A coworker once remarked how robust certain micros were. He was a fan of PICs. In one case, he said that a particular PIC got so hot because of an external short that the solder on the PIC melted and the chip fell off the board. He cleaned it up and reattached it and the PIC still worked.

(That said, my experience with SiLabs 8051s is that they are not that robust)

• "If you are soldering individual pins, the shock is much less to the chip." Not necessarily. This is really a topic for a packaging engineer, but thermal shock can be caused by localized or fast temperature ramp up, both of which you get when you touch molten solder to a single pin while the rest of the chip is room temperature. That's why reflow ovens have ramp-up profiles and why you should be careful about the time you spend on each pin when hand-soldering. Oct 27, 2017 at 14:30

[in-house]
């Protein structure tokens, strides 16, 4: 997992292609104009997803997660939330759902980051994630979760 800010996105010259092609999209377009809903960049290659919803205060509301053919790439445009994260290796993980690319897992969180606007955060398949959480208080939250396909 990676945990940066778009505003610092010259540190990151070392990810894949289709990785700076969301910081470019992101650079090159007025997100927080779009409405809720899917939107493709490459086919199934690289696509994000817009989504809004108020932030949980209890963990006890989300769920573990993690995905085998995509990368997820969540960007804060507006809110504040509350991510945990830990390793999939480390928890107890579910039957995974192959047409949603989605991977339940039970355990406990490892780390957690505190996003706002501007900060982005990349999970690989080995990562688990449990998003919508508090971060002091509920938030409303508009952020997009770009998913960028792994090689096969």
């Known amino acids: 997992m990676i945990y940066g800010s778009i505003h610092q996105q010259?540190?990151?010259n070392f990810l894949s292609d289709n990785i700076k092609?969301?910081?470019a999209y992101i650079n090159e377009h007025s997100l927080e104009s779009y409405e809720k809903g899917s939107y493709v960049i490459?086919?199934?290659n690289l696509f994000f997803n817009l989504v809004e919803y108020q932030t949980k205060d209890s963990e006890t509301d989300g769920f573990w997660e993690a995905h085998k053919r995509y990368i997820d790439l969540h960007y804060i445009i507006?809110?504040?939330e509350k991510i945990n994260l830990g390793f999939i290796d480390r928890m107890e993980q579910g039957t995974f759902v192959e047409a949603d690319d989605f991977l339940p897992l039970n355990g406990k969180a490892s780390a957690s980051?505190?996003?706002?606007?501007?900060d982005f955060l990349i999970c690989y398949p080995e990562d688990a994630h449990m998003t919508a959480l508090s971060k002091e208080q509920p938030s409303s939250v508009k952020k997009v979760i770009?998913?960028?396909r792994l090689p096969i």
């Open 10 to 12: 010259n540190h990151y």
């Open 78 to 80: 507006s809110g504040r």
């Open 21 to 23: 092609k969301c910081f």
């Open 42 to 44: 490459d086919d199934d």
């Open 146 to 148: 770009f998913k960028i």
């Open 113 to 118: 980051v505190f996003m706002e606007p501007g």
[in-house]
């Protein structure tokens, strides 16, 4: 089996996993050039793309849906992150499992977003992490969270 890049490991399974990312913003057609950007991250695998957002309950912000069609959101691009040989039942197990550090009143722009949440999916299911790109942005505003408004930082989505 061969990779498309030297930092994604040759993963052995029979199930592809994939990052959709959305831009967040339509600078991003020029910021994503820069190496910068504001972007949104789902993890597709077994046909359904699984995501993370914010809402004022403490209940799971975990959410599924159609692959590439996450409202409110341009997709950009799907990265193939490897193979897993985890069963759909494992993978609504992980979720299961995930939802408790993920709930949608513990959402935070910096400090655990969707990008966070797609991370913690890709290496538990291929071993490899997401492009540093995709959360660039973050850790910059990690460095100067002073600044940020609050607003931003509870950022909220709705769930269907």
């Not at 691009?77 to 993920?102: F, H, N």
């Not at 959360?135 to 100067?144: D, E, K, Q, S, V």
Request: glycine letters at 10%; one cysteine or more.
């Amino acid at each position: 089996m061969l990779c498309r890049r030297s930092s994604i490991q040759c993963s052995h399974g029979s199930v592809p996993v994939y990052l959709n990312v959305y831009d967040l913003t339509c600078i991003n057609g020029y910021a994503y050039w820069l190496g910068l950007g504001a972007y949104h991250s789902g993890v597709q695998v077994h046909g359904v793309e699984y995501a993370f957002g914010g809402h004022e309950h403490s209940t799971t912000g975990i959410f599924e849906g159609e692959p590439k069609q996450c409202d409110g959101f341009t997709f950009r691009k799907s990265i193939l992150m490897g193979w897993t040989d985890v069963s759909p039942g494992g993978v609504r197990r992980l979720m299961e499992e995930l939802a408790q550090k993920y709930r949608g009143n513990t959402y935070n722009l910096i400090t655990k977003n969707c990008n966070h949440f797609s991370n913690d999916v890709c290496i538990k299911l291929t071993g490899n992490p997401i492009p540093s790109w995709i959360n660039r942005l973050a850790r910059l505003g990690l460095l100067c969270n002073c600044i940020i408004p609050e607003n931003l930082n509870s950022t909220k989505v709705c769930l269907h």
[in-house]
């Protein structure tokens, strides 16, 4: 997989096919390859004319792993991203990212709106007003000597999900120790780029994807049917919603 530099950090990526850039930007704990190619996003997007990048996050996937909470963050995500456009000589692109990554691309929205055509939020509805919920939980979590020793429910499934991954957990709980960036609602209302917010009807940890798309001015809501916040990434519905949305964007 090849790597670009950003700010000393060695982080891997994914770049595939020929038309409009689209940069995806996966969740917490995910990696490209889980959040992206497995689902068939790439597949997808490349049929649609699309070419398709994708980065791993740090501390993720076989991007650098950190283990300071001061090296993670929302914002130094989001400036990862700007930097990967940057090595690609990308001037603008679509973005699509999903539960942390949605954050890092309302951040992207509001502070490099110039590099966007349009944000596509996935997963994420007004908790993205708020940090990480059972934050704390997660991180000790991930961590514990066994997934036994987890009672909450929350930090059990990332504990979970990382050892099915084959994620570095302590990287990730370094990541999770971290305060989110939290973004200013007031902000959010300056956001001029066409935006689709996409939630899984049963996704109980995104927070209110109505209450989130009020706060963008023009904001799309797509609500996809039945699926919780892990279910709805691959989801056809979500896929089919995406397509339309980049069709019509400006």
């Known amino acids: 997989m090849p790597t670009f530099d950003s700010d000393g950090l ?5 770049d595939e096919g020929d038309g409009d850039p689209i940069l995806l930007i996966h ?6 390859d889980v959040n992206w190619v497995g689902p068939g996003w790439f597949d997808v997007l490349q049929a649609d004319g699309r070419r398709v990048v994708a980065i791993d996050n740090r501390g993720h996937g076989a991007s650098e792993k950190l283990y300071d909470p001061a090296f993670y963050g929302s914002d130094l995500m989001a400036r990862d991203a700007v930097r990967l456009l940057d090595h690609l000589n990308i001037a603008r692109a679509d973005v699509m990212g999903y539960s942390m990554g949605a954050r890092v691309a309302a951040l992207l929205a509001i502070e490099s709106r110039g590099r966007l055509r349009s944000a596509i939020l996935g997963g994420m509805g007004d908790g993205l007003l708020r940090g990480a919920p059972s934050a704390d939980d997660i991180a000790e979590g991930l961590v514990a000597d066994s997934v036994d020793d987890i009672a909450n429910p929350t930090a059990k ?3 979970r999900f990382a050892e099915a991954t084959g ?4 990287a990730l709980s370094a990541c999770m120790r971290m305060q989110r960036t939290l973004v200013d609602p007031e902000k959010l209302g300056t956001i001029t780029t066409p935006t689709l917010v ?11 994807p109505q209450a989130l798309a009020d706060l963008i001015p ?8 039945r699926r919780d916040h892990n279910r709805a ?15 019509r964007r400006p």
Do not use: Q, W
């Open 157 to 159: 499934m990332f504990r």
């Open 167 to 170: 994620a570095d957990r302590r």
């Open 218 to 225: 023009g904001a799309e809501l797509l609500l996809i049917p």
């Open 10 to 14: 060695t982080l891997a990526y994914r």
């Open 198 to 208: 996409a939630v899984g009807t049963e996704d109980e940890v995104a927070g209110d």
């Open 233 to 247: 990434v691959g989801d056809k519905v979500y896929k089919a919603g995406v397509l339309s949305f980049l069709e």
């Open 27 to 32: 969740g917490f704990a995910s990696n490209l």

I Never overheated my ICs and even if I use microcontrollers I just reprogram them with wires just soldered directly to the pins. Also I add pin groups for reprogramming the IC if it is only a home-use PCB. But if you are worried about the overheating just solder one pin and let it for 5 secounds to cool down. So I don't see any reason to use sockets.

The hobby boards (such as Arduino) are totally unsuitable for DIP's. Best to put the DIP into a good socket, and find a way to connect that to the hobby breadboard.

• Your answer is rather confusing. How can you put a DIP on to an Arduino board? There is no where to put it. Or do you mean a prototyping shield for an Uno? Breadboard? Stripboard/veroboard? Or regular protoboard? Breadboards are fine for ICs, that what breadboard were designed for. Besides, there is no soldering involved with breadboards. The OP was asking about preventing damage to an IC during the soldering process. Nov 3, 2018 at 4:25